Using the following information regarding running watts, peak watts, and starting watts, you can compare portable or petrol generators properly.
Running Watts vs. Peak Watts vs. Starting Watts
A generator’s running wattage refers to its maximum power output. This wattage should cover all appliances, lights, and electronics you plan to power simultaneously from one generator. You may have to shut off some items or cycle to stay within your maximum continuous power load if the generator’s wattage is too low.
Your generator’s peak wattage is its maximum power output for a short period of time. During a power spike, an appliance might suddenly require a burst of energy lasting just a few minutes.
You may also see the term “starting watts” during your search for a portable generator. This refers to the maximum wattage your generator can sustain while starting appliances up. During the first few seconds after powering up, most appliances require a more extensive power supply.
A high peak wattage may make some generators look more powerful than they are in real life. Ensure your generator’s maximum running wattage meets your needs by looking at its maximum running wattage on the digital meter.
Generator Features to Consider
Shoppers looking for generators will see many added features. Some are just what you need while others aren’t worth paying more for. Here is a list of some of the key features to look out for.
- Automatic Voltage Regulator (AVR) – Reduces the risk of damage to the engine due to power spikes or surges by maintaining one consistent voltage output regardless of shifting loads.
- Electric Throttle or Economy Mode – Automatically adjusts the engine speed in response to the demand for power. You use as little fuel as possible at any moment. The Gentech 2500W Pure Sine Wave Digital Inverter Generator is a great example. It has an economy-low idle setting and is one of the quieter generators.
- Electric Start – Are generators that start quickly with the push of a button. Batteries power the electric start button, so you don’t have to pull a recoil cord to start the machine. A good example is the Gentech Electric Start 7kV Petrol Generator.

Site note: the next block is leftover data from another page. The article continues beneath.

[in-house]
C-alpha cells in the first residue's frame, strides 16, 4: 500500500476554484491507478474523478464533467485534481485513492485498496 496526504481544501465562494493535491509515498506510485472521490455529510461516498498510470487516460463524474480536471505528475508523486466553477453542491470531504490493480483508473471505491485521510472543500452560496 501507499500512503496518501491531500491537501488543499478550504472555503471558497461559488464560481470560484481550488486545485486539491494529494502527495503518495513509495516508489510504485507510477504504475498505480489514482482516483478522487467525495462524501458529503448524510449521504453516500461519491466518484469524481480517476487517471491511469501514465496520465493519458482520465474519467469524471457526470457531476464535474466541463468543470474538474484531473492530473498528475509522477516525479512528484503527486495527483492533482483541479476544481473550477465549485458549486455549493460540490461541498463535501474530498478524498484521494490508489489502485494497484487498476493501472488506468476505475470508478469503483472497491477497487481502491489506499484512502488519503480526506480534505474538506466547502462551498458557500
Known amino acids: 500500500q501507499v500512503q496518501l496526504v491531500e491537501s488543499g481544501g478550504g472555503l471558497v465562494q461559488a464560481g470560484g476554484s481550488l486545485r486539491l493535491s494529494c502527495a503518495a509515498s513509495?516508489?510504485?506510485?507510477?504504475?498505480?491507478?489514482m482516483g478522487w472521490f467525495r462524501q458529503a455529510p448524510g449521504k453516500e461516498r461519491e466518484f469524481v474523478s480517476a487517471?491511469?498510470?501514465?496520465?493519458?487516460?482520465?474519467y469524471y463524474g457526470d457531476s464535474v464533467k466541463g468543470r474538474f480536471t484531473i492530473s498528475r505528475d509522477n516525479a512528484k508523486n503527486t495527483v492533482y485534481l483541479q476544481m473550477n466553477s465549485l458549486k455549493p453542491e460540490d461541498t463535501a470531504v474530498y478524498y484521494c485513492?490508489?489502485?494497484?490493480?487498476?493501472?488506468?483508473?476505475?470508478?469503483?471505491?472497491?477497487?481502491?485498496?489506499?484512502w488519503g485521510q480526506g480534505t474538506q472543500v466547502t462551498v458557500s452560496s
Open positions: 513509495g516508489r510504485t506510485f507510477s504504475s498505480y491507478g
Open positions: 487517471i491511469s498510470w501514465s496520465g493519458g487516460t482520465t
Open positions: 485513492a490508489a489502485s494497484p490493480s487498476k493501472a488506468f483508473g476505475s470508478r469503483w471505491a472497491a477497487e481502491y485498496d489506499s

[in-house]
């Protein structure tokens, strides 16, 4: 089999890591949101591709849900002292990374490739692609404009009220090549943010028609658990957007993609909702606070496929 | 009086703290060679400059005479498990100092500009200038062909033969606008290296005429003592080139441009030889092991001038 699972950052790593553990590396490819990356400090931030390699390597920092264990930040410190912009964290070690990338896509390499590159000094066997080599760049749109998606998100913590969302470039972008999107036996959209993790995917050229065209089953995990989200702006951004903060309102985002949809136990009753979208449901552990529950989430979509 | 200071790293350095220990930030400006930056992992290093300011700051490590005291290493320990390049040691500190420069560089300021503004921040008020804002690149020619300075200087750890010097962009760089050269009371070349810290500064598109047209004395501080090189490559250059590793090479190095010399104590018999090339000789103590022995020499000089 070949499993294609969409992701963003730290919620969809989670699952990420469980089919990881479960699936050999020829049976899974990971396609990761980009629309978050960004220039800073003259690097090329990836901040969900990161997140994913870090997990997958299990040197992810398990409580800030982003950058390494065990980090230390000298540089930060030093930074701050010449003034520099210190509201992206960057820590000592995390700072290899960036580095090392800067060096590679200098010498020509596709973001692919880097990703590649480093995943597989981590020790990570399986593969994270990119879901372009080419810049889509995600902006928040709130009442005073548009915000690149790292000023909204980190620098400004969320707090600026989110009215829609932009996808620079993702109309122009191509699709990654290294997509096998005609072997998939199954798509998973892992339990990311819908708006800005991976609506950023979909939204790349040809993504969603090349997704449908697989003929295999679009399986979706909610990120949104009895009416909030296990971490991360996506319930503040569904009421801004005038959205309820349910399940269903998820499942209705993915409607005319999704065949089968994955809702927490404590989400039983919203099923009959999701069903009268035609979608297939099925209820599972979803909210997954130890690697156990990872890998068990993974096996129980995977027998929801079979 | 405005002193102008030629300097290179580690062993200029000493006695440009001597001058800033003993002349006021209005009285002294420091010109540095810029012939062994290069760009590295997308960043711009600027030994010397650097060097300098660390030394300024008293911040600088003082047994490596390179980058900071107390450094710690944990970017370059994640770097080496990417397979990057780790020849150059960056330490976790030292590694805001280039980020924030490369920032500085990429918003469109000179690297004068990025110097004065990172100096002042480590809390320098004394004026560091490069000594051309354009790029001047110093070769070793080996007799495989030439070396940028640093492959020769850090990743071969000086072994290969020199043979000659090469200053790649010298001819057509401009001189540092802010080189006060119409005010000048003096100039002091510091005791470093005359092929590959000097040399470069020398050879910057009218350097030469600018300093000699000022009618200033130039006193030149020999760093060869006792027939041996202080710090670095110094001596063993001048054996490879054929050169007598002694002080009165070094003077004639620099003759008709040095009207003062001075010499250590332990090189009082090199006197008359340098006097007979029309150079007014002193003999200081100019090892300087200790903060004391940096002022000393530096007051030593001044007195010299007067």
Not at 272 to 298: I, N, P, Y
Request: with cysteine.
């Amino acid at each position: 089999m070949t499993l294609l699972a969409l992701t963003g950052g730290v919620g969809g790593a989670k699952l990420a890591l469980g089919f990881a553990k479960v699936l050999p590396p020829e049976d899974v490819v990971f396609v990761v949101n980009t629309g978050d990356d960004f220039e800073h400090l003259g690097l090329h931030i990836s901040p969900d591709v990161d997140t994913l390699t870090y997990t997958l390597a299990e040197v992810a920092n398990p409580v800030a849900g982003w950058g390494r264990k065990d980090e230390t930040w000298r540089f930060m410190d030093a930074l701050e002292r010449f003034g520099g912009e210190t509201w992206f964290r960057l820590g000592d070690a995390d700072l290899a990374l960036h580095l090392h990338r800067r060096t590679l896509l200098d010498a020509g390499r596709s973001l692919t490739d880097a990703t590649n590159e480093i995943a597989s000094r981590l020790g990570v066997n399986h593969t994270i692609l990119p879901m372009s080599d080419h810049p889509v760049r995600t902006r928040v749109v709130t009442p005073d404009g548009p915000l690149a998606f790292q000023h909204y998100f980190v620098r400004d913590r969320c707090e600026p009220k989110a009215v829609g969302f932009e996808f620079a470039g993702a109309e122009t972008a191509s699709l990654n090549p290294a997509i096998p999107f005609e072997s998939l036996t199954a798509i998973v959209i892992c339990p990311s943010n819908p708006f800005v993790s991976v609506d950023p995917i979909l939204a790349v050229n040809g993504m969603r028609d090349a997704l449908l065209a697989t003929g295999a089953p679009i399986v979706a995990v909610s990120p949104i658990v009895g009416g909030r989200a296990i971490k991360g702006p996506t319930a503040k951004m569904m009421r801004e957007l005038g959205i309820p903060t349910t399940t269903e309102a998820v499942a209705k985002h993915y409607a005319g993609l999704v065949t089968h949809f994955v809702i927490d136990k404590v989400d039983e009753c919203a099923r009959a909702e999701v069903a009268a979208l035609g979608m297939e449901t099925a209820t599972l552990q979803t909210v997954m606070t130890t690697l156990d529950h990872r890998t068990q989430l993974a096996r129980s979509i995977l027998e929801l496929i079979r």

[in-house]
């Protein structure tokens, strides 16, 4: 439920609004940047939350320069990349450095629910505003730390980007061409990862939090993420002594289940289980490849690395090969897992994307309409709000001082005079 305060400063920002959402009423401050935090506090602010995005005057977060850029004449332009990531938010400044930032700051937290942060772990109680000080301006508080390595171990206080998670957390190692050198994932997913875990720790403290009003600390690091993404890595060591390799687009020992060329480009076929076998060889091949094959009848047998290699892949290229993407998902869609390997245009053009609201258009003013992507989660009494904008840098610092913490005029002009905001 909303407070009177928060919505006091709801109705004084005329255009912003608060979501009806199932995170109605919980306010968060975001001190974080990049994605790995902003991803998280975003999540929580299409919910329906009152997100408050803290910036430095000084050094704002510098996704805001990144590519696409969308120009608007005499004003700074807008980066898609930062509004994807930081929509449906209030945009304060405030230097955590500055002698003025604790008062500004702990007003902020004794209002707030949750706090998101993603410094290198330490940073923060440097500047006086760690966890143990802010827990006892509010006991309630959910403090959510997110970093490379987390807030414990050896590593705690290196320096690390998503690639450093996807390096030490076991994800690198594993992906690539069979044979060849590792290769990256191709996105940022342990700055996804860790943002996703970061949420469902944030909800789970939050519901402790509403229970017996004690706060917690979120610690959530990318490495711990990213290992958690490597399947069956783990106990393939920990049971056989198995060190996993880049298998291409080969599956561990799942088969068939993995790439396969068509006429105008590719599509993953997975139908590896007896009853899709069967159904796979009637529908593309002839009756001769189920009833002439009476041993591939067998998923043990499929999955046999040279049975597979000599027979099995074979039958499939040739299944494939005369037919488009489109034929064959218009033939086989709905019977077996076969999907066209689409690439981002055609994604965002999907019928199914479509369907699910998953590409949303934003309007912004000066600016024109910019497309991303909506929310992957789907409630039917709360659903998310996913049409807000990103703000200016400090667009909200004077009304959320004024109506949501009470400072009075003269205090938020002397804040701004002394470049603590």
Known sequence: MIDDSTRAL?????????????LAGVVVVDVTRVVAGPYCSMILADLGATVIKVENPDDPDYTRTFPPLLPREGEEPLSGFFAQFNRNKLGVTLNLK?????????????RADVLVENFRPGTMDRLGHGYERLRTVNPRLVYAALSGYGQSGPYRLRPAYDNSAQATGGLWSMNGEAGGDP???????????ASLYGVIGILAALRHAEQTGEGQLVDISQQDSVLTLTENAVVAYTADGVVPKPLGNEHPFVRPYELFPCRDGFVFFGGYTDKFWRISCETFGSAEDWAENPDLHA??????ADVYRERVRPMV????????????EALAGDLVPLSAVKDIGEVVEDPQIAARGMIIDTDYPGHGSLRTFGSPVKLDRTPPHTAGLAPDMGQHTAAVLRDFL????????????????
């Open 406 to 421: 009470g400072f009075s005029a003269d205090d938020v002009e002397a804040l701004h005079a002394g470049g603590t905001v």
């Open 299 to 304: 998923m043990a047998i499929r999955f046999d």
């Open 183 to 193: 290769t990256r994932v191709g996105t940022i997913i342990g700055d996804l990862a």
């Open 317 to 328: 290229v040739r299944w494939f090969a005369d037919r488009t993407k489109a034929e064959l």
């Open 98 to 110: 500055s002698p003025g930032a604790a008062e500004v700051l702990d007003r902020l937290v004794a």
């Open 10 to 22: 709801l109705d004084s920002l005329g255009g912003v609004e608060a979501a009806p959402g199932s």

- Low-Oil Shutoff – Turns your generator off when the oil reaches a certain level.
- Fuel Gauge – Tells you how much fuel is left in the generator’s tank.
- Long-Range Fuel Tank – Larger fuel tank allows you to turn the generator continuously for up to 12 hours between fill-ups. Standard generators may run for less than five hours before running out of fuel.
Now that you’ve decided what kind of generator you want, it’s important to know how to care for it.
How to Care for Your Generator:
Follow these simple tips to maintain a high-quality generator:
- Change the oil on a routine basis. Check the owner’s manual to determine the right frequency for your generator.
- Don’t allow the oil to run low. Check it regularly and top it up before it gets below half empty. Use the type of oil recommended in the owner’s manual.
- Gently brush the filter clean if it starts to look dirty. Check it regularly along with the spark plugs.
Read your owner’s manual and follow any additional maintenance guidelines provided. The more you care for your generator, the longer you can expect it to deliver peak performance for you. If you don’t use your generator often, check it before a big storm or trip to ensure it is in good working order.
If you’d like some more advice about buying your first generator or more on generator features, then call the friendly team at Gentech today. We are here to help!